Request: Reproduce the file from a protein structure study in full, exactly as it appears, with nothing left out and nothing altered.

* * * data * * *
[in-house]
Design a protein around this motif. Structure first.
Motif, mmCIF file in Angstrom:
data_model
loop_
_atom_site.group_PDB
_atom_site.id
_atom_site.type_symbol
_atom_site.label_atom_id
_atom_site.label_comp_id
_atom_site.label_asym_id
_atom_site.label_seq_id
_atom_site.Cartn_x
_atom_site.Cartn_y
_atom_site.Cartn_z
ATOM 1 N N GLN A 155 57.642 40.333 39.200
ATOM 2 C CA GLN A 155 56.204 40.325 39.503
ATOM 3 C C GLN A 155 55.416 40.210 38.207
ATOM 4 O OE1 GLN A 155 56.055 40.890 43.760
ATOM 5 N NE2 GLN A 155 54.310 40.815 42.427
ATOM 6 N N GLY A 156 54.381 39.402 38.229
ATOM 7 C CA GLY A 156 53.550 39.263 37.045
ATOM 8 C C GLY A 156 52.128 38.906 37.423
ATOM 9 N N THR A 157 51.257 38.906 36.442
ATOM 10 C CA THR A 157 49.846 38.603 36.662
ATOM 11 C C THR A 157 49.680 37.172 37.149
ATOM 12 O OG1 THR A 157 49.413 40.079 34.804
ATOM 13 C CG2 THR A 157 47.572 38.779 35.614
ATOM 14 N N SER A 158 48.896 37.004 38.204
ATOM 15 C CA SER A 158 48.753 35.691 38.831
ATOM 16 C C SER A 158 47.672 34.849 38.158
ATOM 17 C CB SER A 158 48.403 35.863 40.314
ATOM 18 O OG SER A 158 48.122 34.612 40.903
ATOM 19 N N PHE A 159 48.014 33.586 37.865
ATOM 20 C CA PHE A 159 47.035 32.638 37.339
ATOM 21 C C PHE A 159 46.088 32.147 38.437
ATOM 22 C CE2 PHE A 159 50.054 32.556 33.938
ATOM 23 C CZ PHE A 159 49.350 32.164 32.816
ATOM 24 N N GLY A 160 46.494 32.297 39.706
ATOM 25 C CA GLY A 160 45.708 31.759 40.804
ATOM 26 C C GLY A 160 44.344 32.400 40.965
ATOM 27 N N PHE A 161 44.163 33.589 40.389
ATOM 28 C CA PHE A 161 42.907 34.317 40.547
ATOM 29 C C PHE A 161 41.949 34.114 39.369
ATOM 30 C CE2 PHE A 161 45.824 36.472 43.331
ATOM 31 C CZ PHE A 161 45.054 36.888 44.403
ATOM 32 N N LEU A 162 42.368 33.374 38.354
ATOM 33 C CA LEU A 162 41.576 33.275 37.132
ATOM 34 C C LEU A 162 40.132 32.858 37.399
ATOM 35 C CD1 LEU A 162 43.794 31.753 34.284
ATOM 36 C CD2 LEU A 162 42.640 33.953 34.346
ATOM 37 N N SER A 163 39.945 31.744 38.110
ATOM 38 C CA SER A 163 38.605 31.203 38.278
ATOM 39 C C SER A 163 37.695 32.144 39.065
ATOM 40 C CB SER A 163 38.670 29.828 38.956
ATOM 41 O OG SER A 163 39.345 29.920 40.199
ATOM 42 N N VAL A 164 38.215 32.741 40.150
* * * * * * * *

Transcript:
[in-house]
Design a protein around this motif. Structure first.
Motif, mmCIF file in Angstrom:
data_model
loop_
_atom_site.group_PDB
_atom_site.id
_atom_site.type_symbol
_atom_site.label_atom_id
_atom_site.label_comp_id
_atom_site.label_asym_id
_atom_site.label_seq_id
_atom_site.Cartn_x
_atom_site.Cartn_y
_atom_site.Cartn_z
ATOM 1 N N GLN A 155 57.642 40.333 39.200
ATOM 2 C CA GLN A 155 56.204 40.325 39.503
ATOM 3 C C GLN A 155 55.416 40.210 38.207
ATOM 4 O OE1 GLN A 155 56.055 40.890 43.760
ATOM 5 N NE2 GLN A 155 54.310 40.815 42.427
ATOM 6 N N GLY A 156 54.381 39.402 38.229
ATOM 7 C CA GLY A 156 53.550 39.263 37.045
ATOM 8 C C GLY A 156 52.128 38.906 37.423
ATOM 9 N N THR A 157 51.257 38.906 36.442
ATOM 10 C CA THR A 157 49.846 38.603 36.662
ATOM 11 C C THR A 157 49.680 37.172 37.149
ATOM 12 O OG1 THR A 157 49.413 40.079 34.804
ATOM 13 C CG2 THR A 157 47.572 38.779 35.614
ATOM 14 N N SER A 158 48.896 37.004 38.204
ATOM 15 C CA SER A 158 48.753 35.691 38.831
ATOM 16 C C SER A 158 47.672 34.849 38.158
ATOM 17 C CB SER A 158 48.403 35.863 40.314
ATOM 18 O OG SER A 158 48.122 34.612 40.903
ATOM 19 N N PHE A 159 48.014 33.586 37.865
ATOM 20 C CA PHE A 159 47.035 32.638 37.339
ATOM 21 C C PHE A 159 46.088 32.147 38.437
ATOM 22 C CE2 PHE A 159 50.054 32.556 33.938
ATOM 23 C CZ PHE A 159 49.350 32.164 32.816
ATOM 24 N N GLY A 160 46.494 32.297 39.706
ATOM 25 C CA GLY A 160 45.708 31.759 40.804
ATOM 26 C C GLY A 160 44.344 32.400 40.965
ATOM 27 N N PHE A 161 44.163 33.589 40.389
ATOM 28 C CA PHE A 161 42.907 34.317 40.547
ATOM 29 C C PHE A 161 41.949 34.114 39.369
ATOM 30 C CE2 PHE A 161 45.824 36.472 43.331
ATOM 31 C CZ PHE A 161 45.054 36.888 44.403
ATOM 32 N N LEU A 162 42.368 33.374 38.354
ATOM 33 C CA LEU A 162 41.576 33.275 37.132
ATOM 34 C C LEU A 162 40.132 32.858 37.399
ATOM 35 C CD1 LEU A 162 43.794 31.753 34.284
ATOM 36 C CD2 LEU A 162 42.640 33.953 34.346
ATOM 37 N N SER A 163 39.945 31.744 38.110
ATOM 38 C CA SER A 163 38.605 31.203 38.278
ATOM 39 C C SER A 163 37.695 32.144 39.065
ATOM 40 C CB SER A 163 38.670 29.828 38.956
ATOM 41 O OG SER A 163 39.345 29.920 40.199
ATOM 42 N N VAL A 164 38.215 32.741 40.150